Disk Space as Currency: Symform Aims to Leap Ahead in Cloud Storage
Data centers are so 20th century.
That’s the idea, anyway, at Symform, a Seattle data-storage startup that uses extra space on its customers’ hard drives to create a virtual data center online.
The company was started by a pair of ex-Microsofties, and last year hired former DocuSign CEO Matthew Schiltz to handle the next stage of its growth. And in a market crowded with names like Amazon Web Services, Box, Mozy, Carbonite, and many more, that means some sharp-elbowed competition.
Symform’s technology has always stood out in that very crowded field. Most storage companies aggregate a ton of data center capacity and make money by charging for storage and related services. Symform, on the other hand, uses the Internet to corral the equivalent of a data center by storing data in slivers of available space on a bunch of people’s hard disks.
So, if you join the network, you’re also asked to let Symform use some of your available disk space to pack away a tiny piece of encrypted data from someone else.
That’s a pretty intriguing idea, and it’s been enough to attract around $16 million in venture investment, from the likes of WestRiver Capital, OVP, and Longworth Venture Partners. Symform also says it has attracted tens of thousands of users in 150 countries.
But in a market chock full of competitors offering relatively similar services, competition often comes down to price. And, at the same time, a network like Symform’s works as a competitive business only when it gets a huge amount of users.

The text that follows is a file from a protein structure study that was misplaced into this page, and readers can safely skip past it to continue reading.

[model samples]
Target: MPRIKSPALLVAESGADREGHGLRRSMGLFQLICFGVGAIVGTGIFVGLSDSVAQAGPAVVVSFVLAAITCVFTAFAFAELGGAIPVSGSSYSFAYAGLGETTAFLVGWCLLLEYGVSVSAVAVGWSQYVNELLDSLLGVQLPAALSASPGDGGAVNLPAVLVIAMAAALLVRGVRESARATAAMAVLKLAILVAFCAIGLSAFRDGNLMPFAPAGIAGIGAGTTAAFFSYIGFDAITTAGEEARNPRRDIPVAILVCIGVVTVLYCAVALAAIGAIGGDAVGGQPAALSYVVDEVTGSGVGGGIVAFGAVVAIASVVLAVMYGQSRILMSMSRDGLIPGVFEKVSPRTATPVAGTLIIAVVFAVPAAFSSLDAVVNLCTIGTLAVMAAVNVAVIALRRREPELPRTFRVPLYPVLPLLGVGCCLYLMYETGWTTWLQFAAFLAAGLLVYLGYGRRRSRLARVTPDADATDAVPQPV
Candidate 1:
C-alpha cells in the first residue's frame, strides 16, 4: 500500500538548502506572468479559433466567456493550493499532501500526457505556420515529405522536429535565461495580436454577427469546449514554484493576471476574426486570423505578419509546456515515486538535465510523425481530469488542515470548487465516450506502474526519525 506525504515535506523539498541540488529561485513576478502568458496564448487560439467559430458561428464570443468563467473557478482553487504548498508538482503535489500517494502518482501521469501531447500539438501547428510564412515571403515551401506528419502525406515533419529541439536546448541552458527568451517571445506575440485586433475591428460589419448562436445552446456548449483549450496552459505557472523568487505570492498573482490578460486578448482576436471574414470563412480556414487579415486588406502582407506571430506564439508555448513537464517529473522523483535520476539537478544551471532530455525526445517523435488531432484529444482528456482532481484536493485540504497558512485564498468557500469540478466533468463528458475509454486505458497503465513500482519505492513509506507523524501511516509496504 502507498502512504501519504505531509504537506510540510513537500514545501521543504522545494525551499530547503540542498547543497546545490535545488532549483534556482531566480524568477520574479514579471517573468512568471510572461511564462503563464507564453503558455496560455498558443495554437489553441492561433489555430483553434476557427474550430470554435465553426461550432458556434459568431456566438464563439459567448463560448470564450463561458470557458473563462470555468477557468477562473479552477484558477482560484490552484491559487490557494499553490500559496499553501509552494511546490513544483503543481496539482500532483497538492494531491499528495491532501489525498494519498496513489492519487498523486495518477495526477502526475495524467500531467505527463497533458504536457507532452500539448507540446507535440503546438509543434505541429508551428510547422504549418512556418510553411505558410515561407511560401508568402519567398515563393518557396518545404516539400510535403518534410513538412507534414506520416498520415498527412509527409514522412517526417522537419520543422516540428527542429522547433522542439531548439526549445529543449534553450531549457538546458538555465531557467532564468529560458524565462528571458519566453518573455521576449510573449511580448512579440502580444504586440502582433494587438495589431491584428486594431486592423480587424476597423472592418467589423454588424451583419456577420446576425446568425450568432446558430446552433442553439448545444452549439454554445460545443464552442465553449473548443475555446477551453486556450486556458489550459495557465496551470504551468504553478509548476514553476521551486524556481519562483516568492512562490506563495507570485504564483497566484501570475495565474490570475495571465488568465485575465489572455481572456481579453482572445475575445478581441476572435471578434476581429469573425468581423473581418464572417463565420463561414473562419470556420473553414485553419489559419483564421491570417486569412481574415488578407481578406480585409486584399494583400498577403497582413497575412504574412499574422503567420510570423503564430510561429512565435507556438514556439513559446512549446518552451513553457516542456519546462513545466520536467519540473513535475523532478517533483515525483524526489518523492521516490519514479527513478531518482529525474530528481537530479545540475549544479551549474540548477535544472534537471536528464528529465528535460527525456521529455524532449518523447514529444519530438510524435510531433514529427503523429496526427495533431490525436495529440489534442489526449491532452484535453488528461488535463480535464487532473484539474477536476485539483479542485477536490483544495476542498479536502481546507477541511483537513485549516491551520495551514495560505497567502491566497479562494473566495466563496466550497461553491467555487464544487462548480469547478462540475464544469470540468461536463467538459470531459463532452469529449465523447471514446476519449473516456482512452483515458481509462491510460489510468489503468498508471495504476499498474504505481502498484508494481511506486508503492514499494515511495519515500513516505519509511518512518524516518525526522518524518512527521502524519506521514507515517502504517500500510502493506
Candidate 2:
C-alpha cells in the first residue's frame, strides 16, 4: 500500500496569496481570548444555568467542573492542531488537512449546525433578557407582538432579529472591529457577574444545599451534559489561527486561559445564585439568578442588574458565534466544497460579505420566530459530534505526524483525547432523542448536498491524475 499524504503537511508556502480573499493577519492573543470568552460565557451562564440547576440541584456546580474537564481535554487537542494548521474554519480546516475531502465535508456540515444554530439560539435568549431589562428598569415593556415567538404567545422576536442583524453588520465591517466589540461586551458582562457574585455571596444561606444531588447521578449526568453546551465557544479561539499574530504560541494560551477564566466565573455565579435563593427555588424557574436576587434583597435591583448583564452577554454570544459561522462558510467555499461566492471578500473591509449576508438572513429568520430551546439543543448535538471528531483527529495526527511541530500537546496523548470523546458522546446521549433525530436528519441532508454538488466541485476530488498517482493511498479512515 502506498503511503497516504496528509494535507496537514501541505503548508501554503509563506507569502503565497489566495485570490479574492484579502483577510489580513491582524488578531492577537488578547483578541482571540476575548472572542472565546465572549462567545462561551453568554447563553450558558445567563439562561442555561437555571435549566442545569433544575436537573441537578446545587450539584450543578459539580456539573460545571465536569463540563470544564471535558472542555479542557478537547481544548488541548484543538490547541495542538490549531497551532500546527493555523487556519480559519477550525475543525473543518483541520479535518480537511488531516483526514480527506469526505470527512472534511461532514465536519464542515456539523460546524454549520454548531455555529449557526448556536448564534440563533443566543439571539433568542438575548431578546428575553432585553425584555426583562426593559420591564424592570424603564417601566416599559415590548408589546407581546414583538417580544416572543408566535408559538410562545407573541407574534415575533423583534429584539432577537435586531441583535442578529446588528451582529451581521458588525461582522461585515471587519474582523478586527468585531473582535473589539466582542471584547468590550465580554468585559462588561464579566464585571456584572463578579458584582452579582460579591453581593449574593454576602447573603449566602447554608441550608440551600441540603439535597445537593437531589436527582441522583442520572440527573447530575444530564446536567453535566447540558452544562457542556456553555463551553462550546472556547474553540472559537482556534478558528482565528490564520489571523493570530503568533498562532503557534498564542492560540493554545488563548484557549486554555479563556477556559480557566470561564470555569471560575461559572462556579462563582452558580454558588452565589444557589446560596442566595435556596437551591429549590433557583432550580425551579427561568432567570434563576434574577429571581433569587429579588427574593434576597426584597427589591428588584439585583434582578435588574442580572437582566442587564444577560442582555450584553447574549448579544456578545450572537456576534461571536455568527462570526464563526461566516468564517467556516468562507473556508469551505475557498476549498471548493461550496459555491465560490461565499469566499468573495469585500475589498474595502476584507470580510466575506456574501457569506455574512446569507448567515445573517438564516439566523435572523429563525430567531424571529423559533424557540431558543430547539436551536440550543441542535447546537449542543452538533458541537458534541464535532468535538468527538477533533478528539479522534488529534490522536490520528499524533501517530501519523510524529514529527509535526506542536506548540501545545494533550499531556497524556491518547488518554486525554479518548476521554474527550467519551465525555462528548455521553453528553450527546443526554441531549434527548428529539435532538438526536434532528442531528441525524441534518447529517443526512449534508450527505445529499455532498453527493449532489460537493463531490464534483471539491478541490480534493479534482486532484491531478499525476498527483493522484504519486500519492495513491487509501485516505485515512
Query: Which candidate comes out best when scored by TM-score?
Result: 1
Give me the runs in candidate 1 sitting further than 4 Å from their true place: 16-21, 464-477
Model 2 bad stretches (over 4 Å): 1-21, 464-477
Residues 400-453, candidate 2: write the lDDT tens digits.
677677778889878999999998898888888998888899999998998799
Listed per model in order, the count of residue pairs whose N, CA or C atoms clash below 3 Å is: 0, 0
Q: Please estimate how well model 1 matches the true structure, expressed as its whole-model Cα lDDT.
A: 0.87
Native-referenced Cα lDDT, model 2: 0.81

That brings us to today’s announcement that Symform is lowering prices for its storage service, with a new fee structure that could mean free storage for some customers. If a customer contributes twice the amount of storage space that they use, they can store their own data for free—Symform calls this paying with “bytes” instead of “bucks.” Users can also buy storage on the network, at a rate of 15 cents per gigabyte.
Schiltz says research and tests with customers show that users are enthusiastic about the idea of much lower prices, even if that means contributing more space than they use. I guess that makes sense when you think about how inexpensive raw storage capacity is on a one-off basis.
“The economics do not make sense for the user if you think about buying a 2 terabyte disk drive for $80, and then paying someone $500 a month to back it up,” he says, citing per-gigabyte prices from competitors like Mozy.
So how can Symform make money if it’s giving away storage? It’s following the freemium model that is being employed in so many Internet businesses. If you can build enough of a user base, there are many more options available for a business to make some revenue—particularly on support, in this case, but potentially including other options that haven’t been rolled out yet.
And it’s got to work that way, since early customer tests have left Symform expecting that most of its users will pay for their storage by offering up disk space rather than paying per gigabyte.
The endgame here is growing the amount of online data storage. As it stands, Schiltz says, many businesses use a “lifeboat” approach of backing up only their most critical data because of the expense.
“So let’s say you have a terabyte of source data. You try to find a way to only store 100 gigabytes or 200 gigabytes in the cloud because it’s so expensive,” he says. “We think that fundamentally, you should back up and store all of your data in the cloud. Our customers agree with that—they just need better economics.”
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